Everything You Should Know About Mammograms

A mammogram is a diagnostic tool that helps detect the early signs of breast cancer. But how often should you get one? And is that the only thing you can do to protect yourself from breast issues?

Dr. John Paul Roberts is an experienced OB/GYN who answers all your mammogram questions to put your mind at ease. Not only does he explain the procedure, he can also perform the test right in his office so you don’t have to go to a separate imaging center, making breast cancer screening extremely convenient.

Why do you need a mammogram?

A mammogram is a diagnostic study that can detect early signs of breast cancer. It’s basically an X-ray image of your breast that can detect even the smallest mass or cyst in your breast tissue.

Breast cancer is most treatable in the early stages, so getting regular mammograms is the key to staying healthy. If you’re at low to average risk, a common guideline is getting a screening mammogram every years starting at age 45.

However, if you have a strong family history of breast cancer, or you find a lump in your breast, screening may be recommended before the age of 40. The decision on when to start getting mammograms is really up to you and Dr. Roberts.

How is the test performed

For your mammogram, you’ll be taken into the room where the machine is located. Your breast is placed between two plates, to help flatten the tissue for a better image. The test is slightly uncomfortable, but shouldn’t be overly painful. Usually both breasts are screened during the same study, unless you’re having a diagnostic study done on a lump in only one breast.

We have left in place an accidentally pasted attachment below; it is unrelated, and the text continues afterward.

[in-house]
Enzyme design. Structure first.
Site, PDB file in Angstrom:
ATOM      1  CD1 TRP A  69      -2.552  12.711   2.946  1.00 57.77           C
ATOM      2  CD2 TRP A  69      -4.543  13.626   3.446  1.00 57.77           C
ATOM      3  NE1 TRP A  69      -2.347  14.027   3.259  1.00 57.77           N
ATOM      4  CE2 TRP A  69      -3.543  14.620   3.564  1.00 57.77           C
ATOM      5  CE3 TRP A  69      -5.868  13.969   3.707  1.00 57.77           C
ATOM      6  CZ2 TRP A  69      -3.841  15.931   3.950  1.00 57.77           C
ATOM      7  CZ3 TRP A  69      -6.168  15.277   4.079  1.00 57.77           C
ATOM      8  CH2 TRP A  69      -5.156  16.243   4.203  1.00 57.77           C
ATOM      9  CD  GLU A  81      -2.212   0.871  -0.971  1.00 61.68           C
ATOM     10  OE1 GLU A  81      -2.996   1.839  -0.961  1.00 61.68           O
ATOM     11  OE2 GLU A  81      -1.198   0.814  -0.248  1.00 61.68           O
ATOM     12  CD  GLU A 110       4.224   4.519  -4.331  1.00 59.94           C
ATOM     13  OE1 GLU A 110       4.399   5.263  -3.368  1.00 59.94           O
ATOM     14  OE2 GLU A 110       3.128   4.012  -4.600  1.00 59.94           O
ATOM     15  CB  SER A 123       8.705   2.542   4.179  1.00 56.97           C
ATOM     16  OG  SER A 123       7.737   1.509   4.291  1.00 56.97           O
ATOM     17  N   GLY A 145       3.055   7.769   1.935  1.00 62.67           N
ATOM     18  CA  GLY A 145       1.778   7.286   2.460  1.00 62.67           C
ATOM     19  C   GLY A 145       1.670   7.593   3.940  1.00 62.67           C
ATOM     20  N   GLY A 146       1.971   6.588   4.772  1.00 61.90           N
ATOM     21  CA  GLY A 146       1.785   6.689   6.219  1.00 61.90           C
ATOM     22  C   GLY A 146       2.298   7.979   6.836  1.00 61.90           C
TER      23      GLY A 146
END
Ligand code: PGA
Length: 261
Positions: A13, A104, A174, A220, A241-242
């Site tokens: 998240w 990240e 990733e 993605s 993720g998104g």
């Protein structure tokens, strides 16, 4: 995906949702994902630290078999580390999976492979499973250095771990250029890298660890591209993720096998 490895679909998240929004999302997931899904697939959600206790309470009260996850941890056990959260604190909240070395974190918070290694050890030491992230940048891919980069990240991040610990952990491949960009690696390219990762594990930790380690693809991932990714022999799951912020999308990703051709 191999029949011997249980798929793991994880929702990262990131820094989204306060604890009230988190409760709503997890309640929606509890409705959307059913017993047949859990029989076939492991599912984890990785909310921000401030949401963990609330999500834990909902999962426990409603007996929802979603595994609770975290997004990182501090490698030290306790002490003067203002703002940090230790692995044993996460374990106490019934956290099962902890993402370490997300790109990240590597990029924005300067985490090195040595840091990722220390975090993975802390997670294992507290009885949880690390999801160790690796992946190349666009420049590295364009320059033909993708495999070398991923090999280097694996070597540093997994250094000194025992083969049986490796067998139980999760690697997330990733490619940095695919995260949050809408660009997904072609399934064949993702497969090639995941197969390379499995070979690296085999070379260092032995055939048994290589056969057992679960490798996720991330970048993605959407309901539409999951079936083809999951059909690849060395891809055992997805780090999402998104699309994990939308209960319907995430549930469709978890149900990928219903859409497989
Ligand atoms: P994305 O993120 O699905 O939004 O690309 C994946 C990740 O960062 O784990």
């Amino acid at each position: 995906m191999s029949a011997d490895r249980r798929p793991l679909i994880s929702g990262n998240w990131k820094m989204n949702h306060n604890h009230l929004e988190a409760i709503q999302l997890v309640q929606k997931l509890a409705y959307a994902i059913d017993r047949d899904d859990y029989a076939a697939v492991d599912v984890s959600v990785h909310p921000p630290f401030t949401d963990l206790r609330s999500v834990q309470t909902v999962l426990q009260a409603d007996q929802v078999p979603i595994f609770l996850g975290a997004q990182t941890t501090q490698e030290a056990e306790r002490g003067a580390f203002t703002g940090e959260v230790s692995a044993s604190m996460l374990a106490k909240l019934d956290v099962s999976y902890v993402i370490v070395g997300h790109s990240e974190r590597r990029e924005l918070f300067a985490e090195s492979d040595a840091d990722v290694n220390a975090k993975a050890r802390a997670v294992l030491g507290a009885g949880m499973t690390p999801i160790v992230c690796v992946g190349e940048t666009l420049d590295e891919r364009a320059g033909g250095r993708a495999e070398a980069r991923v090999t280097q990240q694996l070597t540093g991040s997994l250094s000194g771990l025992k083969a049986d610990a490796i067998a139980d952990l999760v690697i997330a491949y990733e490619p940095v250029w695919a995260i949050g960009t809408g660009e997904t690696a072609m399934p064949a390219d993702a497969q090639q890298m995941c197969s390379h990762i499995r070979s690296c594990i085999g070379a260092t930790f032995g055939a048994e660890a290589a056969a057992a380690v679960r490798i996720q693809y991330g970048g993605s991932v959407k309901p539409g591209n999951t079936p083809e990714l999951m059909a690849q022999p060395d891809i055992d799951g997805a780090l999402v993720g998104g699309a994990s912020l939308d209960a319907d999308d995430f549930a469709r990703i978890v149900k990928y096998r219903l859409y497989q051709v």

Once the mammogram images are captured, it doesn’t take long for Dr. Roberts to get the results. This helps put your mind at ease, and allows for faster treatment if there’s a problem. 

Common findings of a mammogram

Many women have a mammogram when they find a lump, but that’s not the only issue a mammogram can address. Because the X-ray takes a detailed image of your breast tissue, many other conditions can also be found.

Some of these conditions include:

Calcifications in your breast tissue can be the result of trauma or inflammation, while microcalcifications could be a sign of cancer. Sometimes, larger calcifications could be found as a result of your age or a noncancerous tumor known as a fibroadenoma. 

If there’s any question about the results of your mammogram, Dr. Roberts goes over the results with you and schedules any other testing that might need done. This may include an ultrasound of your breast or a biopsy of the questionable tissue. 

How to prepare

You don’t need to do much to prepare for a mammogram. You may want to wear a top that’s easy to put on and take off, as you’ll need to change into a gown from the waist up.

When you come in for your mammogram, don’t wear deodorant. Although that sounds kind of gross, it’s imperative for an accurate image of your breast tissue. Deodorant, perfumes, and powders can look like white specks on your mammogram image, which could lead to additional unnecessary testing.

When scheduling your mammogram, avoid the week right before your period, if you can. This is because during your menstrual cycle, your hormones cause your breast tissue to become tender and sometimes swollen. This can make a mammogram more uncomfortable than it needs to be. 

If you're in need of a mammogram, call our office in Plano, Texas, to make an appointment, or request one using our online booking tool.

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